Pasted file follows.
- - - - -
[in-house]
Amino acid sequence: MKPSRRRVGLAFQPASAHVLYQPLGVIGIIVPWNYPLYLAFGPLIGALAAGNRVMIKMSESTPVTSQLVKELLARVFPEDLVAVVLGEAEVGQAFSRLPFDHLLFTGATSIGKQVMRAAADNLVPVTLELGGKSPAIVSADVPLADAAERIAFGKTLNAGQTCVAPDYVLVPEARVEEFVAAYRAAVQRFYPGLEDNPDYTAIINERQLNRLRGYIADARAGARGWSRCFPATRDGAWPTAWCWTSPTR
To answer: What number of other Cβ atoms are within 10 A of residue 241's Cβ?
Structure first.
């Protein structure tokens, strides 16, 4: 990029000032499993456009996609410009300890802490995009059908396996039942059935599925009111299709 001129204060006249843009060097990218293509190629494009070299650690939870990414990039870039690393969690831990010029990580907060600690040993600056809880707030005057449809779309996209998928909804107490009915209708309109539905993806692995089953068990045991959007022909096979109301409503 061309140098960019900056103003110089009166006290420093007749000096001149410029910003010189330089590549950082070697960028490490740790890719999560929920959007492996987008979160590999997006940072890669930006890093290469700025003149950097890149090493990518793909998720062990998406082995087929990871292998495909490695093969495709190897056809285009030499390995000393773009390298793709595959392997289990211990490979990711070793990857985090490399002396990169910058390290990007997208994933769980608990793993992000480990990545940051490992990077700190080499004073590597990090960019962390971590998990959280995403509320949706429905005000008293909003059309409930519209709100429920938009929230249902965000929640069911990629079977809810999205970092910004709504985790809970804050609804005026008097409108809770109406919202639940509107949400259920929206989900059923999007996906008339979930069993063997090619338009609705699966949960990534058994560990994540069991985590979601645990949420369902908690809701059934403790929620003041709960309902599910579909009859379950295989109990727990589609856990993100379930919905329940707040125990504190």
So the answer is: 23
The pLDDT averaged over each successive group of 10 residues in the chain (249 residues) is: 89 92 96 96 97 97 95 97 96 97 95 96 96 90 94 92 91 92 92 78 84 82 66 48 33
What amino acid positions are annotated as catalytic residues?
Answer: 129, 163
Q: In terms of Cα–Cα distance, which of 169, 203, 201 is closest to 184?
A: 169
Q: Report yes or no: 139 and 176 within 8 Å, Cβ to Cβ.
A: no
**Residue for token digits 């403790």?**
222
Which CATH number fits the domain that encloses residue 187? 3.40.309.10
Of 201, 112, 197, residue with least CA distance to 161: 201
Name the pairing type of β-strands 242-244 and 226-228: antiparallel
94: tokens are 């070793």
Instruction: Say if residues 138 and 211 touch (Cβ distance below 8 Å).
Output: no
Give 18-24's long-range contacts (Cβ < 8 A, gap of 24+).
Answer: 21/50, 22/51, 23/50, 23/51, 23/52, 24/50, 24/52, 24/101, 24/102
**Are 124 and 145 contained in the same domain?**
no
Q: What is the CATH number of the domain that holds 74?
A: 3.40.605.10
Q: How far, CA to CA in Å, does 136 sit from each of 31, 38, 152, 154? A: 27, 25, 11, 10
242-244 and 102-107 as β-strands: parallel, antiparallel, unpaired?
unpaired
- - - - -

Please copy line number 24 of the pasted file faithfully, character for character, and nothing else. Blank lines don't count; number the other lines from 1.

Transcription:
**Are 124 and 145 contained in the same domain?**